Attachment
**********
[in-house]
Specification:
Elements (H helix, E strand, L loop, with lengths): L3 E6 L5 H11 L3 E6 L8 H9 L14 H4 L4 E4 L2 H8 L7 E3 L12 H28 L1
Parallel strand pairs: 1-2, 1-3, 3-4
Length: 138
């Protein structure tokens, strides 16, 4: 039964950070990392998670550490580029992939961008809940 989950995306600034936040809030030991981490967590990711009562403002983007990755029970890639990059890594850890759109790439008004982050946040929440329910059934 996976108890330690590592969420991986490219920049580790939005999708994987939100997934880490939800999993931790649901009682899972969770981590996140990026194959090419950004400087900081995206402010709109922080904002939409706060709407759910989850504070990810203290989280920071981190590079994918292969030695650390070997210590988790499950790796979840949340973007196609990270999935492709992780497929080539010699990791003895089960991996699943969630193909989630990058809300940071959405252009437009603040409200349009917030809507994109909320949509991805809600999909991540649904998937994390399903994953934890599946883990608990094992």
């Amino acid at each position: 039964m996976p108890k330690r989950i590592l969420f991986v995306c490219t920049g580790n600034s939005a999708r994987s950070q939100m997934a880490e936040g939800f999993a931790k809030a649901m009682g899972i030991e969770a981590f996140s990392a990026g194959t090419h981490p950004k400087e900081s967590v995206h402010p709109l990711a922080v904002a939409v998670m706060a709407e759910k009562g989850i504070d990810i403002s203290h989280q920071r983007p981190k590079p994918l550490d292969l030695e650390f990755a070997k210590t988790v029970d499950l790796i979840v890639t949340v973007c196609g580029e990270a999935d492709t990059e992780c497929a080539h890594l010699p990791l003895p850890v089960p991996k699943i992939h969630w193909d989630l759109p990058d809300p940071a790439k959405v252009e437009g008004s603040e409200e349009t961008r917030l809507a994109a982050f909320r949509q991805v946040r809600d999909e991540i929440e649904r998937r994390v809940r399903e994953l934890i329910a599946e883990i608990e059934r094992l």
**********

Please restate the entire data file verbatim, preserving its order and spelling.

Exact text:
[in-house]
Specification:
Elements (H helix, E strand, L loop, with lengths): L3 E6 L5 H11 L3 E6 L8 H9 L14 H4 L4 E4 L2 H8 L7 E3 L12 H28 L1
Parallel strand pairs: 1-2, 1-3, 3-4
Length: 138
């Protein structure tokens, strides 16, 4: 039964950070990392998670550490580029992939961008809940 989950995306600034936040809030030991981490967590990711009562403002983007990755029970890639990059890594850890759109790439008004982050946040929440329910059934 996976108890330690590592969420991986490219920049580790939005999708994987939100997934880490939800999993931790649901009682899972969770981590996140990026194959090419950004400087900081995206402010709109922080904002939409706060709407759910989850504070990810203290989280920071981190590079994918292969030695650390070997210590988790499950790796979840949340973007196609990270999935492709992780497929080539010699990791003895089960991996699943969630193909989630990058809300940071959405252009437009603040409200349009917030809507994109909320949509991805809600999909991540649904998937994390399903994953934890599946883990608990094992």
């Amino acid at each position: 039964m996976p108890k330690r989950i590592l969420f991986v995306c490219t920049g580790n600034s939005a999708r994987s950070q939100m997934a880490e936040g939800f999993a931790k809030a649901m009682g899972i030991e969770a981590f996140s990392a990026g194959t090419h981490p950004k400087e900081s967590v995206h402010p709109l990711a922080v904002a939409v998670m706060a709407e759910k009562g989850i504070d990810i403002s203290h989280q920071r983007p981190k590079p994918l550490d292969l030695e650390f990755a070997k210590t988790v029970d499950l790796i979840v890639t949340v973007c196609g580029e990270a999935d492709t990059e992780c497929a080539h890594l010699p990791l003895p850890v089960p991996k699943i992939h969630w193909d989630l759109p990058d809300p940071a790439k959405v252009e437009g008004s603040e409200e349009t961008r917030l809507a994109a982050f909320r949509q991805v946040r809600d999909e991540i929440e649904r998937r994390v809940r399903e994953l934890i329910a599946e883990i608990e059934r094992l």